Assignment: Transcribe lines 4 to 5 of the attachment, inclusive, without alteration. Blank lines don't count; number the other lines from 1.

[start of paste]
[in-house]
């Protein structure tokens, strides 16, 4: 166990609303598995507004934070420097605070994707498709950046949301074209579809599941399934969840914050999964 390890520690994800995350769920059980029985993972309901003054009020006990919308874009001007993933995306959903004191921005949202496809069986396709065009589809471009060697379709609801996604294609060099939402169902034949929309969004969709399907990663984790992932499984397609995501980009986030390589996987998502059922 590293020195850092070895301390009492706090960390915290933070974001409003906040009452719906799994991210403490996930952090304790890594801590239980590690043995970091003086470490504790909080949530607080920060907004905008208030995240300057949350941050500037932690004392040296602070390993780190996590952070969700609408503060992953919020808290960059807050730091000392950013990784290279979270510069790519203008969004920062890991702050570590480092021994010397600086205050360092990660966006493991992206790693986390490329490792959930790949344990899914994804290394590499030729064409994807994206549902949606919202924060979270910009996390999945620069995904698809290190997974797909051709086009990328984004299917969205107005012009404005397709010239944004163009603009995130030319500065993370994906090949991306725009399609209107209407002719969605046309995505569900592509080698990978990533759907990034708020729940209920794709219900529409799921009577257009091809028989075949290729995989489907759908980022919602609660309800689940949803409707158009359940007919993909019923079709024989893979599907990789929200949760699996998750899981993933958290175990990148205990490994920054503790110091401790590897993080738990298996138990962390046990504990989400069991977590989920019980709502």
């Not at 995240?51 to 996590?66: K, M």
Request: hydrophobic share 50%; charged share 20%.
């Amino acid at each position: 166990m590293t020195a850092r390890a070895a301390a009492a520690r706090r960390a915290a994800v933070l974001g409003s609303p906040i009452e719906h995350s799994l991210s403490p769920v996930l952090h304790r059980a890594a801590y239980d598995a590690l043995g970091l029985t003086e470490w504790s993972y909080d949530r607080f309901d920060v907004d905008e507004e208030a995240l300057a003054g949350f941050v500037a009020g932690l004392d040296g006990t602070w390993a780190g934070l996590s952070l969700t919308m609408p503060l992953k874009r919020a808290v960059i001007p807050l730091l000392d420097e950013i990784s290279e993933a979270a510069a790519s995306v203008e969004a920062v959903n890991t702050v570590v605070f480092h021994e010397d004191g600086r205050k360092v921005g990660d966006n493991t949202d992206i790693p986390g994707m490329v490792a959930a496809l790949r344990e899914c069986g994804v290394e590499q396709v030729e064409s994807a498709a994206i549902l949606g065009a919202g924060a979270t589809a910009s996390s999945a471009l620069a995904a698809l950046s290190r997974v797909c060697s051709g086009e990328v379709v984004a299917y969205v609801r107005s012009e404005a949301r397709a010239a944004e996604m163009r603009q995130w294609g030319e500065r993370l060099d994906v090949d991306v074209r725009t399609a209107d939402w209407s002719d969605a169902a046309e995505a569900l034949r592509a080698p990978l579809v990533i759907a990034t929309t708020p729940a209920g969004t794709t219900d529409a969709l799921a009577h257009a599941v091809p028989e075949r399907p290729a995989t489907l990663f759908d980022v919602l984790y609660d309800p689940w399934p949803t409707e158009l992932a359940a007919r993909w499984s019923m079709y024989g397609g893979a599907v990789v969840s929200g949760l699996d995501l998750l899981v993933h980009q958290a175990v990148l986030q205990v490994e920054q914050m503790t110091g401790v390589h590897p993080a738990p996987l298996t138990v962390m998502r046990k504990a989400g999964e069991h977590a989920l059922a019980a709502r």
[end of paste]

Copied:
Request: hydrophobic share 50%; charged share 20%.
């Amino acid at each position: 166990m590293t020195a850092r390890a070895a301390a009492a520690r706090r960390a915290a994800v933070l974001g409003s609303p906040i009452e719906h995350s799994l991210s403490p769920v996930l952090h304790r059980a890594a801590y239980d598995a590690l043995g970091l029985t003086e470490w504790s993972y909080d949530r607080f309901d920060v907004d905008e507004e208030a995240l300057a003054g949350f941050v500037a009020g932690l004392d040296g006990t602070w390993a780190g934070l996590s952070l969700t919308m609408p503060l992953k874009r919020a808290v960059i001007p807050l730091l000392d420097e950013i990784s290279e993933a979270a510069a790519s995306v203008e969004a920062v959903n890991t702050v570590v605070f480092h021994e010397d004191g600086r205050k360092v921005g990660d966006n493991t949202d992206i790693p986390g994707m490329v490792a959930a496809l790949r344990e899914c069986g994804v290394e590499q396709v030729e064409s994807a498709a994206i549902l949606g065009a919202g924060a979270t589809a910009s996390s999945a471009l620069a995904a698809l950046s290190r997974v797909c060697s051709g086009e990328v379709v984004a299917y969205v609801r107005s012009e404005a949301r397709a010239a944004e996604m163009r603009q995130w294609g030319e500065r993370l060099d994906v090949d991306v074209r725009t399609a209107d939402w209407s002719d969605a169902a046309e995505a569900l034949r592509a080698p990978l579809v990533i759907a990034t929309t708020p729940a209920g969004t794709t219900d529409a969709l799921a009577h257009a599941v091809p028989e075949r399907p290729a995989t489907l990663f759908d980022v919602l984790y609660d309800p689940w399934p949803t409707e158009l992932a359940a007919r993909w499984s019923m079709y024989g397609g893979a599907v990789v969840s929200g949760l699996d995501l998750l899981v993933h980009q958290a175990v990148l986030q205990v490994e920054q914050m503790t110091g401790v390589h590897p993080a738990p996987l298996t138990v962390m998502r046990k504990a989400g999964e069991h977590a989920l059922a019980a709502r």